US Army Quartermaster Foundation
Fort Lee, Virginia

Watson Painting

watson_painting.jpg (153640 bytes)

"The Congressional Medal of Honor Painting"
Artist: Gary S. Schofield
A depiction of the heroic actions of Private George Watson, 8 March 1943
The original painting, along with Private Watson's Medal of Honor are on display at the U.S. Army Quartermaster Museum, Fort Lee, Virginia

Gary Schofield's dedication speech at the Quartermaster Museum:

Distinguished guests

I am honored and very pleased to see that my painting will reside here in this fine museum where it will help to inspire stories about the past that tell us who we are in the present.

Private George Watson was serving with the 29th Quartermaster Regiment as it interlaced the vast Pacific with supply lines essential for the struggle of the Second World War. He was himself following an ancient tradition as old as Earth History. In ancient times the leader who could assemble, organize and feed an army of great size was usually victorious. To sustain and feed an army of twice the size of your enemy in the field was as important as any battle tactic. If we were standing here watching Xerxes' army march with their baggage train, wagons, support, and entertainers, on their way to invade Greece in 480BC we would be standing here for three days. Consider Alexander the Great 150 years later traveling back the other way with his miles of baggage train conquering the logistics of marching an army through a foreign land. His spectacular victories of Issus, and Guagamela pale to the tragedy of losing his lines of supply. After wandering through parts of India Alexander's army mutinied. He turned westward and built a fleet in the Persian Gulf hoping to supply his army from the coast but his march through the desert of Gedrosia lost him thousands of his men, nearly three quarters of his army.

Even our understanding of military strategy is clouded unless supply is considered. To have your supply cut may mean annihilation. So a maneuver to cut supply can even force a disadvantaged enemy to fight. It may not sound as dramatic as Jackson falling on the Union flank at Chancellorsville but it is as powerful.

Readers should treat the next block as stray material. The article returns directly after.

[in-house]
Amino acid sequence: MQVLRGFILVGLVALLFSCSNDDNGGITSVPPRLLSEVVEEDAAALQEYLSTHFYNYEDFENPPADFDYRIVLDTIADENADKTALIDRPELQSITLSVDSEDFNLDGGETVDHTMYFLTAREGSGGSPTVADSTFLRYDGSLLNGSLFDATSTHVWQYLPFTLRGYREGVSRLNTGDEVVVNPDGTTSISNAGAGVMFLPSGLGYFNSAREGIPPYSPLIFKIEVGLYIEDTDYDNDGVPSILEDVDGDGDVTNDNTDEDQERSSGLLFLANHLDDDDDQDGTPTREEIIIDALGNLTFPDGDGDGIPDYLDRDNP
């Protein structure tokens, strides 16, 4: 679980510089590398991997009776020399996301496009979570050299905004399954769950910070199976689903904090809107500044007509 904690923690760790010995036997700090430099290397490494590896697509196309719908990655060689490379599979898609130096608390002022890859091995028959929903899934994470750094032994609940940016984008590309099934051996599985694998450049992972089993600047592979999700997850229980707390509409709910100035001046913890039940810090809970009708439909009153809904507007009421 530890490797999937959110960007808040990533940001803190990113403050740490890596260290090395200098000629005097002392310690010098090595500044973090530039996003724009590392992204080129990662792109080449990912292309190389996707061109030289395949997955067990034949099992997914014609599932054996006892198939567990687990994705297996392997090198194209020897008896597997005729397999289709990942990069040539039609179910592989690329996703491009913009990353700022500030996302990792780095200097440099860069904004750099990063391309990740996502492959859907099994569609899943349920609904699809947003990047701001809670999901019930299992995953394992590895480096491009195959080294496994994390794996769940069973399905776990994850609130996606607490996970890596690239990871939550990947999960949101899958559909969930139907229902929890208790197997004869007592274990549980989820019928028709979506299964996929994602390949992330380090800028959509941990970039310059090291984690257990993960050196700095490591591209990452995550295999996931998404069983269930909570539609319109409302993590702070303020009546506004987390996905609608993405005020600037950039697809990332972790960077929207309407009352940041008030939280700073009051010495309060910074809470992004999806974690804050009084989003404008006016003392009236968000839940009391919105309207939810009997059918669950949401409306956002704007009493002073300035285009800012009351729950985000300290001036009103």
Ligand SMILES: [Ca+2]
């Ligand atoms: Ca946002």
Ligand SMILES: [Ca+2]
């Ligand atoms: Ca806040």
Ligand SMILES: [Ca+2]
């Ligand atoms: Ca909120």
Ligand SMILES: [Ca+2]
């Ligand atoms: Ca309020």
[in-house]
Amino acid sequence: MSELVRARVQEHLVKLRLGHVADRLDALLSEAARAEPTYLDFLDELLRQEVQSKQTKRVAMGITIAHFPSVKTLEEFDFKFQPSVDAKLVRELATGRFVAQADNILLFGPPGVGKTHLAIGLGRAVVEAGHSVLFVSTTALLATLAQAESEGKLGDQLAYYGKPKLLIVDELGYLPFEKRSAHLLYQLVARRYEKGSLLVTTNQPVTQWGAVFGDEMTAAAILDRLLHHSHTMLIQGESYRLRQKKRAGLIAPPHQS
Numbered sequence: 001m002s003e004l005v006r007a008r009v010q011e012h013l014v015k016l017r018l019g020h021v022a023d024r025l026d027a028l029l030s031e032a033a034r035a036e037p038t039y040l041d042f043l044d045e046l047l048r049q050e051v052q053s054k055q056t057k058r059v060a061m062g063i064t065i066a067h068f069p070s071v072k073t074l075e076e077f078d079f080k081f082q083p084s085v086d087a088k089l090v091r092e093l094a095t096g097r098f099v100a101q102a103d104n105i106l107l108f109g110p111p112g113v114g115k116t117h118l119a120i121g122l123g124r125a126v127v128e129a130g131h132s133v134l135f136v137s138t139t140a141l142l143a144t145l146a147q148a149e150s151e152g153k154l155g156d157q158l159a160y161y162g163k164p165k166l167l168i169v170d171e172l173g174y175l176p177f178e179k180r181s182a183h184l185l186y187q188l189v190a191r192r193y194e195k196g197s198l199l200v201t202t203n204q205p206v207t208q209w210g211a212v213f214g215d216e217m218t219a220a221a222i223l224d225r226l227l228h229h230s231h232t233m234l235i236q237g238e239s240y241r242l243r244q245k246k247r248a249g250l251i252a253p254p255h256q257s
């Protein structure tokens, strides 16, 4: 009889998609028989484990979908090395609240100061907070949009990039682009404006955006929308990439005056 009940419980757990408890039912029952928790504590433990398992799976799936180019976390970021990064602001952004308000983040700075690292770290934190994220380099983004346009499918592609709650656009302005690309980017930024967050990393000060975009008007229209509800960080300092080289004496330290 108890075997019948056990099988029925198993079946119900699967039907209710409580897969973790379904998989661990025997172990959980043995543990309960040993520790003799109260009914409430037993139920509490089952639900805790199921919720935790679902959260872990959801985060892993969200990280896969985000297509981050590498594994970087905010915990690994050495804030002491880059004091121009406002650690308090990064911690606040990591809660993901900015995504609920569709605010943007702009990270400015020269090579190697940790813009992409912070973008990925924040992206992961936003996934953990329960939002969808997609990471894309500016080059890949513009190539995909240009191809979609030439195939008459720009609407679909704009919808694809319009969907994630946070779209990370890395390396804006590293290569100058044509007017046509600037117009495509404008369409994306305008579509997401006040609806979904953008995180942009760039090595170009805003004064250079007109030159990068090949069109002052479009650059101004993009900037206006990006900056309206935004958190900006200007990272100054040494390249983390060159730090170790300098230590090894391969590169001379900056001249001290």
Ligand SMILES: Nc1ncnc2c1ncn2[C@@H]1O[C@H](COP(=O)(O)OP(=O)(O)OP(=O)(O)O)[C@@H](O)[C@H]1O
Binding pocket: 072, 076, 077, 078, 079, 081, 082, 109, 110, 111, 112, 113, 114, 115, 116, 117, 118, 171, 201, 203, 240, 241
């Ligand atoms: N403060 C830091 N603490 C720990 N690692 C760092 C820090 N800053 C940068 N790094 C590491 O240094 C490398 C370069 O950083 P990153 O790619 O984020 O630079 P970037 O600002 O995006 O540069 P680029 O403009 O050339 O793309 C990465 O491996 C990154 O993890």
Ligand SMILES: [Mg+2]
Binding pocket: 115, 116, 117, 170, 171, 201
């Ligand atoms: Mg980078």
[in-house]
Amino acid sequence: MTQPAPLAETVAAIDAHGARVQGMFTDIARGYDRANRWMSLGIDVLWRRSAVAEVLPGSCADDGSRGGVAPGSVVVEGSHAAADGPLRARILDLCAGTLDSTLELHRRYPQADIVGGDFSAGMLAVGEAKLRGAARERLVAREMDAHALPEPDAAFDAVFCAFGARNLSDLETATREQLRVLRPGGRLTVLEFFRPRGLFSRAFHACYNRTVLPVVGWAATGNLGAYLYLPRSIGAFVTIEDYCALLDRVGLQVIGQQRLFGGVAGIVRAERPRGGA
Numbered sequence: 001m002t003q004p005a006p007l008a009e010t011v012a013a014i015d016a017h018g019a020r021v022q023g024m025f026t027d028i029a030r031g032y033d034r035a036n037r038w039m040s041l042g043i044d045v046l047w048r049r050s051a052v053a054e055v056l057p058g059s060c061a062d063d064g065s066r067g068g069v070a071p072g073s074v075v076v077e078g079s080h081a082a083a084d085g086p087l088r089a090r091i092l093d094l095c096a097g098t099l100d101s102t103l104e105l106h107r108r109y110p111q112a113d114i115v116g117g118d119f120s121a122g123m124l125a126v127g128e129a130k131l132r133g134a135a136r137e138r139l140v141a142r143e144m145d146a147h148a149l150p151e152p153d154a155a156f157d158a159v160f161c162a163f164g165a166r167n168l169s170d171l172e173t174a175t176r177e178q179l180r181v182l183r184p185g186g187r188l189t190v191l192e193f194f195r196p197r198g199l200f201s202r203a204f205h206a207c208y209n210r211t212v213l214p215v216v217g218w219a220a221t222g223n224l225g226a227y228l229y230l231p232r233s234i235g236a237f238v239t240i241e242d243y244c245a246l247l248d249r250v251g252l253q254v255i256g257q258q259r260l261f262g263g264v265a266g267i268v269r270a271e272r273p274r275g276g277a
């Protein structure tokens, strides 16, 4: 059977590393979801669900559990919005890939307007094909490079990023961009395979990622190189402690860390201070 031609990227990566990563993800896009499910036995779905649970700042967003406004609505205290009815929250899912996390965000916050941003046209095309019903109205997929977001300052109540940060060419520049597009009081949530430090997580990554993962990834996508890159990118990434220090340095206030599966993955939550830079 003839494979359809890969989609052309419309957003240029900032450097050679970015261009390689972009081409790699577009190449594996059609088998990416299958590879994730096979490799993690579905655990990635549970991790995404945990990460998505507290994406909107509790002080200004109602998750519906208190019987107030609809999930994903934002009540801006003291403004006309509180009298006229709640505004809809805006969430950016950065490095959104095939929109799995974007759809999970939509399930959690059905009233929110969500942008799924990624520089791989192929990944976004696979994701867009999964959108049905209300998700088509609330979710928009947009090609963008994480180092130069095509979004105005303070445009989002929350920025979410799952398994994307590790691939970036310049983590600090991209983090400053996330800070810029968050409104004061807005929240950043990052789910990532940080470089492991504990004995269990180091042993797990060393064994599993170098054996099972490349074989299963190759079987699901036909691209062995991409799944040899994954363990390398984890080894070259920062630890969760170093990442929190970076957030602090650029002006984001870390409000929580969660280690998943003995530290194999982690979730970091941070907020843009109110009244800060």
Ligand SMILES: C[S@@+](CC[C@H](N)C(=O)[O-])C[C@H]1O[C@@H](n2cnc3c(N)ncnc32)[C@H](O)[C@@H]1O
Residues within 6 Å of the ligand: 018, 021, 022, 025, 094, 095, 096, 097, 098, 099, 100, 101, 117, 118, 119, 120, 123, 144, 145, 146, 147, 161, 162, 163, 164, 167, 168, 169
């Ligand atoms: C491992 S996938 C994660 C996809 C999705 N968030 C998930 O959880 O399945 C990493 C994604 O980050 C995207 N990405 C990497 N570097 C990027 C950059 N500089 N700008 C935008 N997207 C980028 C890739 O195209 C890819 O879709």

Napoleon did exactly that to the Austrians, out maneuvered them and forced them to fight but it was he that found himself in a burning Moscow his army unsupplied on Russian scorched earth, soon to be destroyed.

Rommel in the desert of North Africa had his supply line harassed by the allies because he did not control Malta and this is what allowed Montgomery to attack and win at El Alamein. Have you ever wondered why Patton had this great thirst for fuel on his dramatic sweep through Germany. His supply through the invasion beachheads of Normandy had balanced ammunition and fuel in proportion to what was the expectation of need. The overwhelming victory at Falaise meant he didn't need the ammo he needed the fuel!

This brings us to the 8 March 1943

There is a special place in our country's heart for those who make the supreme sacrifice in war. For their loved ones and comrades they risked all, but with sad irony, lost their own immortality. For, in Private Watson's case, there were no descendants or even family to proudly receive his Congressional Medal of Honor awarded in 1997.

Early in 1942, a three-pronged Japanese Invasion swept through the Dutch East Indies. Twenty-one Dutch vessels had taken refuge in Australian ports after the fall of Java and the Dutch Government, intent on keeping its vessels in operation, charted, among others, the Saint Jacob to the United States Army. Private George Watson was on that steamer a fateful year later as the bombs fell, ripping open her deck. You can still see her today lying remarkably intact, her rudder still turned hard to starboard 120 feet below the surface near Porlock Harbour, New Guinea. Below the murky water and resident Gray Reef Sharks you can make out the black and white coral trees intertwined with her two pounder stern gun.

What depths and caliber is also contained within the human spirit for Private Watson, without regard for his own safety, spent the last precious moments of his own life assisting those who could not swim, helping those to safety and makeshift rafts, and assuring others in the chaos. Without a life jacket himself, he was a life jacket to others but could not save himself as the steamer, built before the Titanic, drew him down towards the same grave.

In the painting itself I have tried to show the intensity of the moments of which we can only hear stories. The three anguished figures draw our eyes towards the struggling ship, her hulk shuddering at the misfortunes of war. The smoke represents the veil across eternity for Private Watson and the stars indeed are the Southern Cross. I have lit Private Watson from behind so that the light from the explosions highlights the spray around the comrades in arms and he is the only person looking at the viewer in a way that his eyes will search and follow you.

I believe this image illustrates the universality of our Comrades in Arms. Our services are linked with a bond of honor and self-sacrifice that transcends all endeavors and is painted in human compassion. Thank you.

Return To: Watson Medal of Honor Page

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